A group of BrooklynSpeaks sponsors, local residents and elected officials filed suit in November of 2009, charging that the Empire State Development Corporation (ESDC) approved Atlantic Yards’ 2009 Modified General Project Plan (MGPP) without sufficient study of the effects of a 25-year construction period on surrounding communities. In July 2011, State Supreme Court Justice Marcy Friedman ruled that ESDC’s approval of the 2009 MGPP lacked a rational basis and violated New York State environmental law. Justice Friedman ordered ESDC to complete a Supplemental Environmental Impact Statement (SEIS) and revisit its approval of the 2009 MGPP. ESDC’s issuance of the SEIS draft scope of analysis was delayed until December 2012, while the agency unsuccessfully fought to have the court’s decision overturned.

“Atlantic Yards was approved on the basis of removing blight conditions in and around the Vanderbilt rail yards,” said Jo Anne Simon, Democratic District Leader of the 52nd A.D. “Instead, the project has actually created blight by demolishing buildings, displacing residents and businesses, and causing massive disruptions for the project’s neighbors across its 22-acre site. It’s outrageous that ESDC would fail to even consider how a decade or more of delay could be avoided.”

Will a reorganized ESDC bring accountability to Atlantic Yards?

On the last day of 2012, the New York Post reported that Governor Cuomo plans to reorganize the Empire State Development Corporation. An official from the Cuomo administration was quoted describing the agency as “disjointed, dysfunctional — and nobody really is sure on the inside who is responsible for what.’’

Many who have followed ESDC’s role in the Atlantic Yards project certainly share that assessment. Instead of providing the type of oversight that would ensure the delivery of jobs and affordable housing promised to justify the massive public aid, zoning overrides, and access to eminent domain the project has received, ESDC has allowed itself to be used as a shield by Forest City Ratner behind which the developer avoids both scrutiny for its actions and accountability for its commitments.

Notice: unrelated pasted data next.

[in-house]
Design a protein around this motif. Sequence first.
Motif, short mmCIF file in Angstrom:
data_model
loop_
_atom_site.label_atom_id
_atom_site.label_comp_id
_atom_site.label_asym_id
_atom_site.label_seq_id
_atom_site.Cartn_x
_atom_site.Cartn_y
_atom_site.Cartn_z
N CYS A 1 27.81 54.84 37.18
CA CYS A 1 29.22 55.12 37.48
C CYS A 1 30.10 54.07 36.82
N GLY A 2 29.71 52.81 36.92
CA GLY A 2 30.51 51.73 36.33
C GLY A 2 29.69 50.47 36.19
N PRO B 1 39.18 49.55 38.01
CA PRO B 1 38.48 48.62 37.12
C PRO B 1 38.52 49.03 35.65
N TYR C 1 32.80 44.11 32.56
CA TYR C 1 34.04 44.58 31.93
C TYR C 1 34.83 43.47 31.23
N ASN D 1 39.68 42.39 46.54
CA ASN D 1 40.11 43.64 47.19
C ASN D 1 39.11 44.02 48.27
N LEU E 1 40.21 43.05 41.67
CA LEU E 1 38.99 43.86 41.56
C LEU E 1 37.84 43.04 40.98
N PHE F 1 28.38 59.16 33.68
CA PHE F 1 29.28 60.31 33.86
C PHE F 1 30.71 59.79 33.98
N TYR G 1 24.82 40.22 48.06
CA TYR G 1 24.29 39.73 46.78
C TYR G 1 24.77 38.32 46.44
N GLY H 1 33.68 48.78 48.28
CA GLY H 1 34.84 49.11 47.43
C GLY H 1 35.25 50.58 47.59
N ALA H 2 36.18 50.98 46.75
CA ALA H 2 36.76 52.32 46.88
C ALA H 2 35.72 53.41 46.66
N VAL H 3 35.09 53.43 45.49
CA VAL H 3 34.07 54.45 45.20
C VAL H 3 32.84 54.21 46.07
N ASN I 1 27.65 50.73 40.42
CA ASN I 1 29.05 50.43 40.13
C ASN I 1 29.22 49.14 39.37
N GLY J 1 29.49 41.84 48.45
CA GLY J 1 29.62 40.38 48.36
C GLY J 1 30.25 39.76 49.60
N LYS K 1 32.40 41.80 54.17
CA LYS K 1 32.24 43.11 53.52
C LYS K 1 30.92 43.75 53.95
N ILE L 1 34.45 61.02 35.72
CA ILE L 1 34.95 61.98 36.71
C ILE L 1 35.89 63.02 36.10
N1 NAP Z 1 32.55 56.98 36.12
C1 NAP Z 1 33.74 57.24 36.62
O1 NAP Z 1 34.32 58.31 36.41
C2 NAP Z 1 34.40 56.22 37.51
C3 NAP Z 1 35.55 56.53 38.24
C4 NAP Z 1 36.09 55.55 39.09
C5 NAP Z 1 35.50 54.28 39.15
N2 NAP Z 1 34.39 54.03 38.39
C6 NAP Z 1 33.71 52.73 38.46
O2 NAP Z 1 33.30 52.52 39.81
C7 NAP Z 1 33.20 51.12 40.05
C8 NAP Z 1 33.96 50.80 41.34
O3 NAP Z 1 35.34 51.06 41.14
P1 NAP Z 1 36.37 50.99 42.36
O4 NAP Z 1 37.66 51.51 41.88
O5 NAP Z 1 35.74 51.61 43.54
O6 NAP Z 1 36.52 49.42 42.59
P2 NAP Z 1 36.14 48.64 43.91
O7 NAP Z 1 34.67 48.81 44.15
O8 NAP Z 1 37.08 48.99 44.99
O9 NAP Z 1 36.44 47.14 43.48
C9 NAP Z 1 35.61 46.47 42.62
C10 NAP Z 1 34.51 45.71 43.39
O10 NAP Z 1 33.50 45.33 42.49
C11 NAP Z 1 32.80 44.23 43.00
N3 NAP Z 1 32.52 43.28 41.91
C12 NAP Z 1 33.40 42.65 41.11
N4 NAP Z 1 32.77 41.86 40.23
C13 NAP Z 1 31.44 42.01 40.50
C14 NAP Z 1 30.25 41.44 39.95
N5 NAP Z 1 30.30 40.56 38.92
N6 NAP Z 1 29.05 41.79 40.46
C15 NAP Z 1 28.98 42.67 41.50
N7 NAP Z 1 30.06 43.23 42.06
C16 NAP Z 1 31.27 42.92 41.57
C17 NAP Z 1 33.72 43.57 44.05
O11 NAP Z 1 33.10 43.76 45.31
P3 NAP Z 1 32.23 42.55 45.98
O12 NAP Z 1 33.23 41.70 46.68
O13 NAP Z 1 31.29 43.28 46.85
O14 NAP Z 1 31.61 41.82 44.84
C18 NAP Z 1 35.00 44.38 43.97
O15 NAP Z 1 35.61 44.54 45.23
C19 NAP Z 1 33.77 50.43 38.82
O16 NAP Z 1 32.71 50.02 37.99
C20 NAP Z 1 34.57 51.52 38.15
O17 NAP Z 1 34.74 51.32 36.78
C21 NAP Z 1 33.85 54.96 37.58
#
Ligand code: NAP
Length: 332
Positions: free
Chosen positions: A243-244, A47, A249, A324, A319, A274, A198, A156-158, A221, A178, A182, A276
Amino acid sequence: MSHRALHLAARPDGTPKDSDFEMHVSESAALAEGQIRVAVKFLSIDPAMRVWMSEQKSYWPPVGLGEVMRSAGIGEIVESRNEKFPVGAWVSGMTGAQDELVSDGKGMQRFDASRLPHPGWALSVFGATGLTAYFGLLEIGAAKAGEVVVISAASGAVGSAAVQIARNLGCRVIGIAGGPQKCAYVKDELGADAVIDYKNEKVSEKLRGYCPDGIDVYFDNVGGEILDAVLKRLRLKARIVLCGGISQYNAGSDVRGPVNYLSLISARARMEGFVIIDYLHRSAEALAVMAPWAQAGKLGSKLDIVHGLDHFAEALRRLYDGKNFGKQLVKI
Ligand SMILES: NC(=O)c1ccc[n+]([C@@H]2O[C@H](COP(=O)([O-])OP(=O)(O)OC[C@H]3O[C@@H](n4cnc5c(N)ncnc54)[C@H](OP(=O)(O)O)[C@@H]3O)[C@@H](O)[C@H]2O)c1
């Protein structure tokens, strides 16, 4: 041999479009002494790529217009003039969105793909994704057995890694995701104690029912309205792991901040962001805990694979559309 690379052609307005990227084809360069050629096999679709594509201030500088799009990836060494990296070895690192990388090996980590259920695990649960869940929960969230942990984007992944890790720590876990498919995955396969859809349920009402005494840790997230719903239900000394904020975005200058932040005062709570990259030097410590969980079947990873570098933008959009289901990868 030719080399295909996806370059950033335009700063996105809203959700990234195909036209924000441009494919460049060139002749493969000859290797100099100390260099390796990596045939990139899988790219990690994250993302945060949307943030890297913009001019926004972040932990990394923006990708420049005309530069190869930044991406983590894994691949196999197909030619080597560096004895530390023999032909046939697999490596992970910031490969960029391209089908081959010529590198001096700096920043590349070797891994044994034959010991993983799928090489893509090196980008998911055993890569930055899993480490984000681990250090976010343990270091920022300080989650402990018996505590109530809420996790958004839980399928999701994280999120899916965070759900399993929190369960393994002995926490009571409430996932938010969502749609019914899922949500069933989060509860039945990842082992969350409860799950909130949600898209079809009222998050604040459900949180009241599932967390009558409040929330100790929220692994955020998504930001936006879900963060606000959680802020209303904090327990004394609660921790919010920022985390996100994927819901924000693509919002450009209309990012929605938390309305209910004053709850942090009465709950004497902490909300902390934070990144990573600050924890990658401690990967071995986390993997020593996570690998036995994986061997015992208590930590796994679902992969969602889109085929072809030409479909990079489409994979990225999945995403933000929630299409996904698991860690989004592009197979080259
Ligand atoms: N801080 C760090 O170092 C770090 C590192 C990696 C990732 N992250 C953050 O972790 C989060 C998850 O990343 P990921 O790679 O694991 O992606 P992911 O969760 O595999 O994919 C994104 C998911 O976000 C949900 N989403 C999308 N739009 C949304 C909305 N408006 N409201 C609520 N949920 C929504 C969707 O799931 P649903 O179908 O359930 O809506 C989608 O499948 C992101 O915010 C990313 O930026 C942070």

Affordable housing bonds shouldn't subsidize luxury apartments

Following the groundbreaking for the first residential tower at its Atlantic Yards project, community organizations expressed outrage over Forest City Ratner Companies’ (FCRC) intention to use New York City Housing Development Corporation bonds to subsidize apartments too small for working families, and too expensive for the majority of Brooklynites. .

The plans for B2, as the first residential building is known, include 363 apartments, approximately half of which are described as “affordable.” However, of the “affordable” apartments, only 35 are two-bedroom units suitable for families, and only 9 of those are intended to be affordable to families earning the median income for Brooklyn which is just over $43,000 for a family of four. More than half of the two-bedroom “affordable” apartments are intended to be marketed to families earning more than $100,000 annually.

New York State Liquor Authority votes to cut off Barclays Center liquor sales at 1:00 AM

BROOKLYN, August 29, 2012: Today, the Board of the New York State Liquor Authority voted to impose a 1:00 AM cut off of liquor sales at the Barclays Center arena. Forest City Ratner Companies and Levy Premium Foodservice had applied for a license with a request to be allowed to serve liquor until 2:00 AM. In stipulating the earlier cut off, SLA Chairman Denis Rosen acknowledged concerns from local residents that late night drinking at the arena would negatively impact quality of life in the mostly residential neighborhoods surrounding Barclays Center, and that the potential of the arena being used for private events could result in more late night drinking than has been described by Barclays Center. The decision by the SLA gives the Barclays Center applicants the ability to request a later cut off time in the future after experience with arena patron drinking has been established. Chairman Rosen made clear that such a future application by Barclays Center should be accompanied by community support.